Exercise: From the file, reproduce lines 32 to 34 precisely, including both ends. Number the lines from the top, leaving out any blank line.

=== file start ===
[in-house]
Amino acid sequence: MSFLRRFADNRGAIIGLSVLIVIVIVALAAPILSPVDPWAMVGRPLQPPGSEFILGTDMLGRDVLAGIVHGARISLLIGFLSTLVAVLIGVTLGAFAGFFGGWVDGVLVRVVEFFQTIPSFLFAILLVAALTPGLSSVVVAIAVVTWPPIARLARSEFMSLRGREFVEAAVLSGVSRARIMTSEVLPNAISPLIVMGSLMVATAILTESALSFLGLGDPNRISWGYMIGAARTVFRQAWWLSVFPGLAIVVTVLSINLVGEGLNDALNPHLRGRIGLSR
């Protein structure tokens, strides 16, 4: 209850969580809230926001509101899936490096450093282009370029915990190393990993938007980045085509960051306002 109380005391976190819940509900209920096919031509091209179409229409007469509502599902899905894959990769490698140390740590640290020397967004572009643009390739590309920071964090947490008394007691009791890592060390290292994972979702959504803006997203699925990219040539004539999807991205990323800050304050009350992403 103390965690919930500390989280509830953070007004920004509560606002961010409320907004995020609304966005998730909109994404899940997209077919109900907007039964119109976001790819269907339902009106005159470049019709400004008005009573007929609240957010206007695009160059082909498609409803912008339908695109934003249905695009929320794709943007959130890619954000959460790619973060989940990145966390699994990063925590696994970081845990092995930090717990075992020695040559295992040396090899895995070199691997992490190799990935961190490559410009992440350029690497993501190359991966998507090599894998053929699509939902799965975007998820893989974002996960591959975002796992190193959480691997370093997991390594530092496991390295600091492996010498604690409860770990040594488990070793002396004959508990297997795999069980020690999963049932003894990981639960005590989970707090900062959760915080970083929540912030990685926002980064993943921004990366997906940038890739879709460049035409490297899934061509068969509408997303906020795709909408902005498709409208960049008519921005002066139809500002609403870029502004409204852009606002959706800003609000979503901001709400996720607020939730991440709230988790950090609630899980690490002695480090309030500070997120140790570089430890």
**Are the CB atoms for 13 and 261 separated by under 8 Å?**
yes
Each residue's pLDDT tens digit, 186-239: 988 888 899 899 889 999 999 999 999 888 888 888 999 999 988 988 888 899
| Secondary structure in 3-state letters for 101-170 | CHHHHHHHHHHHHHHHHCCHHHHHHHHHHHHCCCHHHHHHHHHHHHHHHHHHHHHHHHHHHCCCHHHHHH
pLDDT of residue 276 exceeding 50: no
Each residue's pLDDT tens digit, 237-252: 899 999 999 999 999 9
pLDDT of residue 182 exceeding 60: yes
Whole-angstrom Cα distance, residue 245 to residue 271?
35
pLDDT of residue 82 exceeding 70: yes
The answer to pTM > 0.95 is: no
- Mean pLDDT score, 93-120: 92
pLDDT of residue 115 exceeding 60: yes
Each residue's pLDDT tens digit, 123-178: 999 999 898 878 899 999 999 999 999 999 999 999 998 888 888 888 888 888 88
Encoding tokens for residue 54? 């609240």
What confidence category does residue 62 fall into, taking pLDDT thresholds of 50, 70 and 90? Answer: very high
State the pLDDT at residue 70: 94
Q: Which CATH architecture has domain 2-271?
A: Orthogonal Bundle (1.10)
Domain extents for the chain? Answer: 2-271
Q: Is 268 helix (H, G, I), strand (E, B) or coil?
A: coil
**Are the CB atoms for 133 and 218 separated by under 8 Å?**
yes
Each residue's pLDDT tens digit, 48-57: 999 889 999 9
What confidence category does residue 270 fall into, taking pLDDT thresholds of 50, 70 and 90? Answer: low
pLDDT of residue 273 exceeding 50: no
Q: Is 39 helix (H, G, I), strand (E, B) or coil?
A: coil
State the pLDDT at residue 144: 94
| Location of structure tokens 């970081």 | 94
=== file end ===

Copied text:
A: coil
State the pLDDT at residue 144: 94
| Location of structure tokens 């970081």 | 94